Will the Future Of College Textbooks Be Easier on the Wallet?

The subheading of the latest education-related story on USA Today will be welcome news to many a freshman. According to David Schick and Mary Beth Marklein, there are signs that one of the biggest drains on the students' budgets – textbooks – could be on their way out.

But not quite yet. Today, college students are still paying more for their texts every year, but for the first time there are promising indicators that this won't always be the case. And like many changes that threatened to upend the status quo in higher education happening over the past 15 years, this one will owe a lot to the internet.

The cost of academic materials rose at a steady pace of 6% a year, according to a recent report by the Government Accountability Office. In previous years, students had no choice but to pay. Now, according to the Book Industry Study Group study published in the spring of 2013, nearly 35% of those polled reported bypassing pricy college bookstores and downloading the course material off the internet illegally. That is a 14 point increase from only 3 years ago.

Publishers have been able to drive up textbook prices because students "have to buy whatever textbook they've been assigned," says Nicole Allen, a program director for the Scholarly Publishing Academic Resources Coalition, an alliance of academic libraries.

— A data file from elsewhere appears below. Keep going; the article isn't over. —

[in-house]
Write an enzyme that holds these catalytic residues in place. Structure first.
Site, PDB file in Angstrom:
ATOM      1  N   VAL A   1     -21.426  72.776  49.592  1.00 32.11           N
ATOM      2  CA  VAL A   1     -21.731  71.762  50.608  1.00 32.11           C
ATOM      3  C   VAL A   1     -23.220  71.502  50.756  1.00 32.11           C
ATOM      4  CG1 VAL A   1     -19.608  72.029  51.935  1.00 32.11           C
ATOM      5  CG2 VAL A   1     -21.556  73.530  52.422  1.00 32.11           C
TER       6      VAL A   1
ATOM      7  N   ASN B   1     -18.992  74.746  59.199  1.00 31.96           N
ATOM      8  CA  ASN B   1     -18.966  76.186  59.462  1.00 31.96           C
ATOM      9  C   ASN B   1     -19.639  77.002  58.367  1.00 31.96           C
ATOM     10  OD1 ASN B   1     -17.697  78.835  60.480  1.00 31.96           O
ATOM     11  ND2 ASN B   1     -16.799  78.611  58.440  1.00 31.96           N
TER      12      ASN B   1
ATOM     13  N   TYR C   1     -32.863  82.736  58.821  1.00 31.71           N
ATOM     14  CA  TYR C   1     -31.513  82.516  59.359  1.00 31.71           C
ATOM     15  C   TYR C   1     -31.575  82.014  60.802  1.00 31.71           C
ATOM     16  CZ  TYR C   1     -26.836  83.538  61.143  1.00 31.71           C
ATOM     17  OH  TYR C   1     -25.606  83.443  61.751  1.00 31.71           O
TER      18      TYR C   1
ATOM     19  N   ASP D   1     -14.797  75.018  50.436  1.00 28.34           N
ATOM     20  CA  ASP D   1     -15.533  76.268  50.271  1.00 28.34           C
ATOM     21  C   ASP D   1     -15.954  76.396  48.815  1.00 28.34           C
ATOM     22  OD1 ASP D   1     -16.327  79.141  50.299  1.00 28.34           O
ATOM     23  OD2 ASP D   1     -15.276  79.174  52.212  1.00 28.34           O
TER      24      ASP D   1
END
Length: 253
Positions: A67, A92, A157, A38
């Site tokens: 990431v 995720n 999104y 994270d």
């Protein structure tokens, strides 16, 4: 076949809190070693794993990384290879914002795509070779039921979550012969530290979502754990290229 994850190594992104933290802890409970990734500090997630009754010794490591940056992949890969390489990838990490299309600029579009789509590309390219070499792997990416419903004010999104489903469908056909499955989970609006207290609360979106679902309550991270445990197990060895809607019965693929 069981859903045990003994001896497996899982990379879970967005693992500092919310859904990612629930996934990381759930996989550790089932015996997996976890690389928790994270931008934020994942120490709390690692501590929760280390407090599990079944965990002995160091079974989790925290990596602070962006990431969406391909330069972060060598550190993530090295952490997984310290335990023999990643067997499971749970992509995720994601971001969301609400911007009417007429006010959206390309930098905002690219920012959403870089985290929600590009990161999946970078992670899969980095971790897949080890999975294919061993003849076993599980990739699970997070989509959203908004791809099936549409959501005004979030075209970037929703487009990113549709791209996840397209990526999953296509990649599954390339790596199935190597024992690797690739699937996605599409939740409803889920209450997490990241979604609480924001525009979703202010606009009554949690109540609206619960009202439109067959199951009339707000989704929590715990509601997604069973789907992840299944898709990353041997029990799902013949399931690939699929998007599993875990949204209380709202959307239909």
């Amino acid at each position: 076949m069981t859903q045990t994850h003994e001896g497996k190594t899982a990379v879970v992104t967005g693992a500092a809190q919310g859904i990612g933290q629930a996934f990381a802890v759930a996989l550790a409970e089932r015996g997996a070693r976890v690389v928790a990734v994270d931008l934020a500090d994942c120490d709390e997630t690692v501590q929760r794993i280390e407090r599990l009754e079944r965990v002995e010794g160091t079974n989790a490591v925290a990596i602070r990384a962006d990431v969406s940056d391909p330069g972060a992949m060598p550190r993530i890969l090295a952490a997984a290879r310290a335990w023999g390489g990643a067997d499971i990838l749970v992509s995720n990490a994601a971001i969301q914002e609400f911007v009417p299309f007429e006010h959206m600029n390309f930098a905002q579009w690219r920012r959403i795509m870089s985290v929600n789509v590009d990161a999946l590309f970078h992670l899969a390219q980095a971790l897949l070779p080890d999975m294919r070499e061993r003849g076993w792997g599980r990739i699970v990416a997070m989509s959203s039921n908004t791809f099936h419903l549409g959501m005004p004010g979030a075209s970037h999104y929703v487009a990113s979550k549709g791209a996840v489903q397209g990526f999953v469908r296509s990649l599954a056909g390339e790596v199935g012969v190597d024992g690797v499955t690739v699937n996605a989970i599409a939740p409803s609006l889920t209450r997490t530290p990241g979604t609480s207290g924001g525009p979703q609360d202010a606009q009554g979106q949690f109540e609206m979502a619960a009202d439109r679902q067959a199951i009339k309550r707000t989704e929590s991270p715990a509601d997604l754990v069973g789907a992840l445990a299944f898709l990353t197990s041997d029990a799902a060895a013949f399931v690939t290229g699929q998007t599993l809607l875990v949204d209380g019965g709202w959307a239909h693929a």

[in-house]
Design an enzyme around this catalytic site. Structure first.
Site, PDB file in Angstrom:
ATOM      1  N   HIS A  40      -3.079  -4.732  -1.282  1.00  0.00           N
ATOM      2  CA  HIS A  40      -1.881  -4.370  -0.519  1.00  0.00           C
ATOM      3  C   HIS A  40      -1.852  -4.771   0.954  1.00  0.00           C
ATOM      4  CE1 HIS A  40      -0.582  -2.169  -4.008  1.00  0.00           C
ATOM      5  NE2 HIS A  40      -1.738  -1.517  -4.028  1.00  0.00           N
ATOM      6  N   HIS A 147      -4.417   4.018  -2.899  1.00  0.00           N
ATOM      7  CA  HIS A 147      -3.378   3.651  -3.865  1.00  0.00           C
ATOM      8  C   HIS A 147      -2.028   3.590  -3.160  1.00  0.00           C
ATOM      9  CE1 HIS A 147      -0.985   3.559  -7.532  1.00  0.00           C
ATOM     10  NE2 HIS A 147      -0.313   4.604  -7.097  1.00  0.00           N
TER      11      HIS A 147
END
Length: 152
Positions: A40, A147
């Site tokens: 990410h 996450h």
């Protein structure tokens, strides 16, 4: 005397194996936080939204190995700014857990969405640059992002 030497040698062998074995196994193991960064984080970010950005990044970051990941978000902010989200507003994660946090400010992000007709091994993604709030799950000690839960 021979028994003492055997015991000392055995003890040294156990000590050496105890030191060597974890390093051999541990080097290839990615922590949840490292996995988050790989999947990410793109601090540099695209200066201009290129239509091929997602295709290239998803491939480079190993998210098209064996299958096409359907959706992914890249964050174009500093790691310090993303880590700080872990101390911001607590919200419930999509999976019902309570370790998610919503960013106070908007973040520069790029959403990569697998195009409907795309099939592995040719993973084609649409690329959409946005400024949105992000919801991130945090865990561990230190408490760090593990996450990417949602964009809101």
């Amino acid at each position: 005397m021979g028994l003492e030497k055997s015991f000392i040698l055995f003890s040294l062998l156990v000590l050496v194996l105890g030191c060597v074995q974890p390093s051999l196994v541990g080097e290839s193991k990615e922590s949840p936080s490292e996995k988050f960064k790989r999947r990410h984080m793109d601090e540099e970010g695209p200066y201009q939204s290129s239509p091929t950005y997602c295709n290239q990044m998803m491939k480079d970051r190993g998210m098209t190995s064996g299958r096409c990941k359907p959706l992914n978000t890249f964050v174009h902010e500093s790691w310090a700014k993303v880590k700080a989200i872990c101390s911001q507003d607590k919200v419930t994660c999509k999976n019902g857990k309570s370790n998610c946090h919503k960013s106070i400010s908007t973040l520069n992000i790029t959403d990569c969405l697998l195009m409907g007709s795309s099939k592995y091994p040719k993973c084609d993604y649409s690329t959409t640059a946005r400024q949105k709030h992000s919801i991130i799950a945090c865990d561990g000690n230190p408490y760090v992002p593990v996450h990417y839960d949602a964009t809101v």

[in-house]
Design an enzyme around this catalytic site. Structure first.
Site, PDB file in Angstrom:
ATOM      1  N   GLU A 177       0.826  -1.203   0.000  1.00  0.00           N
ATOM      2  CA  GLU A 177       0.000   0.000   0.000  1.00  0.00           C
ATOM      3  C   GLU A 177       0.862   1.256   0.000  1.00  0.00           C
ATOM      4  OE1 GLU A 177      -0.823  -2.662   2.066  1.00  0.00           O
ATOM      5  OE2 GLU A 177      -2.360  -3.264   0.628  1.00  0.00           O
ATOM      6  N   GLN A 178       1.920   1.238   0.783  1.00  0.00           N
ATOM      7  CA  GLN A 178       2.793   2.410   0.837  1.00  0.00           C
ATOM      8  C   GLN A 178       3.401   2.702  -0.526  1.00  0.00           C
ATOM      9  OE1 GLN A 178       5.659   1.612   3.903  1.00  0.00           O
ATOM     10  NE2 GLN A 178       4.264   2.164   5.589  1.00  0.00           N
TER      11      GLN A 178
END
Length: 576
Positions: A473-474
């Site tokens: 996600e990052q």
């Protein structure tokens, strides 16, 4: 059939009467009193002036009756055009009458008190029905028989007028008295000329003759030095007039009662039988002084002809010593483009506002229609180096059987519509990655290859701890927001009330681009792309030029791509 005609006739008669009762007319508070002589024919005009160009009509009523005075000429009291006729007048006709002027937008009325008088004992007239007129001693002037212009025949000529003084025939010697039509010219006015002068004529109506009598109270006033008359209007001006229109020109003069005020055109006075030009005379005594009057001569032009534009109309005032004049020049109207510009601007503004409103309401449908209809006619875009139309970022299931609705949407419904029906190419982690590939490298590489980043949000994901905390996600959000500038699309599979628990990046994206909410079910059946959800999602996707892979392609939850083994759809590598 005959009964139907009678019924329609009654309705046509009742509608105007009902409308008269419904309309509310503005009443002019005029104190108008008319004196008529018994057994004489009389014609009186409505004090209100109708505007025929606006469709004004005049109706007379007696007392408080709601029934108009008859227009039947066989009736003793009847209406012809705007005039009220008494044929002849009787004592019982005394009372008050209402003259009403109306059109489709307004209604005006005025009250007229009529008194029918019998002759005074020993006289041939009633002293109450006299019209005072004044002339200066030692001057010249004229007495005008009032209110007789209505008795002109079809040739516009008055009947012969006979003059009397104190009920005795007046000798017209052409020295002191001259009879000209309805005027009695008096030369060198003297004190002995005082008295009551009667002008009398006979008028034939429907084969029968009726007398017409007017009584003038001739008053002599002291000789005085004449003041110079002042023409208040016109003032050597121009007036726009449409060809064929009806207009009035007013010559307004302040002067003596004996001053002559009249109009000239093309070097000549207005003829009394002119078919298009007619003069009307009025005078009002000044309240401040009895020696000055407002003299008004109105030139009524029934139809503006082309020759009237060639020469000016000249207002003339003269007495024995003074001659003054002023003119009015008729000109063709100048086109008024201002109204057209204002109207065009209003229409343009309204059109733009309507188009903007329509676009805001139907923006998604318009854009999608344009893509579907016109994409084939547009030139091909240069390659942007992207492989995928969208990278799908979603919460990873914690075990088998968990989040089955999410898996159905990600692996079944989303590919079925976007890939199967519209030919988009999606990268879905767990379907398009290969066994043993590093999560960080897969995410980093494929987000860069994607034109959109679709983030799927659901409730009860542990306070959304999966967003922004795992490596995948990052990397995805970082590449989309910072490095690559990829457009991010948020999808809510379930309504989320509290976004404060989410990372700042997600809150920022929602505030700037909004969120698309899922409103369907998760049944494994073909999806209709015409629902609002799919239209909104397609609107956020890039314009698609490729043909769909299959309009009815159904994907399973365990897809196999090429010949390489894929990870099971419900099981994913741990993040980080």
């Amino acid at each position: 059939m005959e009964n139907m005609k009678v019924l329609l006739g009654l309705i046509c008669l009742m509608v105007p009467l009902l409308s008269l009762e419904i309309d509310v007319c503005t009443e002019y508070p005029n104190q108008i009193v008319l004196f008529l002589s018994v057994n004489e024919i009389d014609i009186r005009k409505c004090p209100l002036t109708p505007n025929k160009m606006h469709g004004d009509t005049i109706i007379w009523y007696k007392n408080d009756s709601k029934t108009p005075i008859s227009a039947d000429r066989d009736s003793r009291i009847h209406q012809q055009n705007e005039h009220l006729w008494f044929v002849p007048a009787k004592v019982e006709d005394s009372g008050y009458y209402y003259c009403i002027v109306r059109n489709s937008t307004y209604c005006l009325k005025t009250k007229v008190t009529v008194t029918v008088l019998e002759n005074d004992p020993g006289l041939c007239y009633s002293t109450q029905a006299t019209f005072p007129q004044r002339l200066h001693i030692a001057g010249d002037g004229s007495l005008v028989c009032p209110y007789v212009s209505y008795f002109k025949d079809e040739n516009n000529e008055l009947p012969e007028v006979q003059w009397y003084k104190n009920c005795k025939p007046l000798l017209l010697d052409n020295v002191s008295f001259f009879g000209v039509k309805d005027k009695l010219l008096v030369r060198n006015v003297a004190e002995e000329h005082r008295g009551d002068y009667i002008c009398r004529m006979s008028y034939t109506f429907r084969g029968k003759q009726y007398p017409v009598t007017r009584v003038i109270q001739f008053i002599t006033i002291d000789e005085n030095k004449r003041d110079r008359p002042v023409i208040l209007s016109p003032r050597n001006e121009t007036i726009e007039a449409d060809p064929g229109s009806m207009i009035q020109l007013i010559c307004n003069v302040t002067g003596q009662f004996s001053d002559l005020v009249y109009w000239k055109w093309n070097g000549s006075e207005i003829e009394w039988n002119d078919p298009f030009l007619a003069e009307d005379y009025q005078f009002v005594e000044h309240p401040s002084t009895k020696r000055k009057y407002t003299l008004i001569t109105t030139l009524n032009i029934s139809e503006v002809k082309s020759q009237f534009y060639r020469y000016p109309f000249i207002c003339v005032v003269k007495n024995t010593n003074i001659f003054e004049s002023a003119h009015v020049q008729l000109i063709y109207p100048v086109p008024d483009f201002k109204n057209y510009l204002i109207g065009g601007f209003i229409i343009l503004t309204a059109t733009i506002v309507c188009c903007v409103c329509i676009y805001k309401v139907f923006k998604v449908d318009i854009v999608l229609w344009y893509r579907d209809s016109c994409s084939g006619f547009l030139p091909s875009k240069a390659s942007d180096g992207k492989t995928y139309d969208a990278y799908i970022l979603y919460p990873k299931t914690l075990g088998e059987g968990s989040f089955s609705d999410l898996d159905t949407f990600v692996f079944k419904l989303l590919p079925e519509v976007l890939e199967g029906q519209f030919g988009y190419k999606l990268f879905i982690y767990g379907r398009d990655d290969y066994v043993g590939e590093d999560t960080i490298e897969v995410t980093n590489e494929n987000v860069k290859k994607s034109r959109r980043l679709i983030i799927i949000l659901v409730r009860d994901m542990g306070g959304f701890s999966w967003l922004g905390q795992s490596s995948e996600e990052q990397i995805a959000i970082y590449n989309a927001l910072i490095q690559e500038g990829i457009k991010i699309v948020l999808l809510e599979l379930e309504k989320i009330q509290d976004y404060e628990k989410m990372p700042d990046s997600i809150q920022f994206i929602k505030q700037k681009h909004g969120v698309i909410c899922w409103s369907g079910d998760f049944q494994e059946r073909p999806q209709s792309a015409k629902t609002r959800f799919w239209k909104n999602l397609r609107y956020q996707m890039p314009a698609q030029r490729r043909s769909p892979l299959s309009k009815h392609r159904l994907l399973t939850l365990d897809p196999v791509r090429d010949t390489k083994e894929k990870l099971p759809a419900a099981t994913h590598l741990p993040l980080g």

Allen, a longtime advocate for students, sees signs of "a turning point," in part because more teachers are seeking cheaper alternatives.

About one in four first-year students and one in three seniors frequently did not purchase required academic materials because of cost, says a 2012 study by the non-profit National Survey of Student Engagement.

Even students who don't want to break the law now have more options. For a generation reared to be comfortable being surrounded by screens, digital books, which can cost up to 40% less than traditional printed books, offer a tempting alternative.

Still, it's too early to claim victory over traditional college publishing business model. According to a recent story on The Daily Beast, while the demand for digital texts is growing, paper and ink versions still dominate the campuses.

Some university systems are not content to wait, however. The California State University launched a new program last year which aims to make it easier for students to get discounts on digital books.

The university launched Rent Digital last year to offer students the option to save 60% or more compared to purchasing a new print textbook. The university has agreements with Cengage Learning, CourseSmart, Follett, Barnes & Noble, Schlager Milestone Documents and W.W. Norton to allow CSU students access to thousands of popular e-textbooks at discounted prices.

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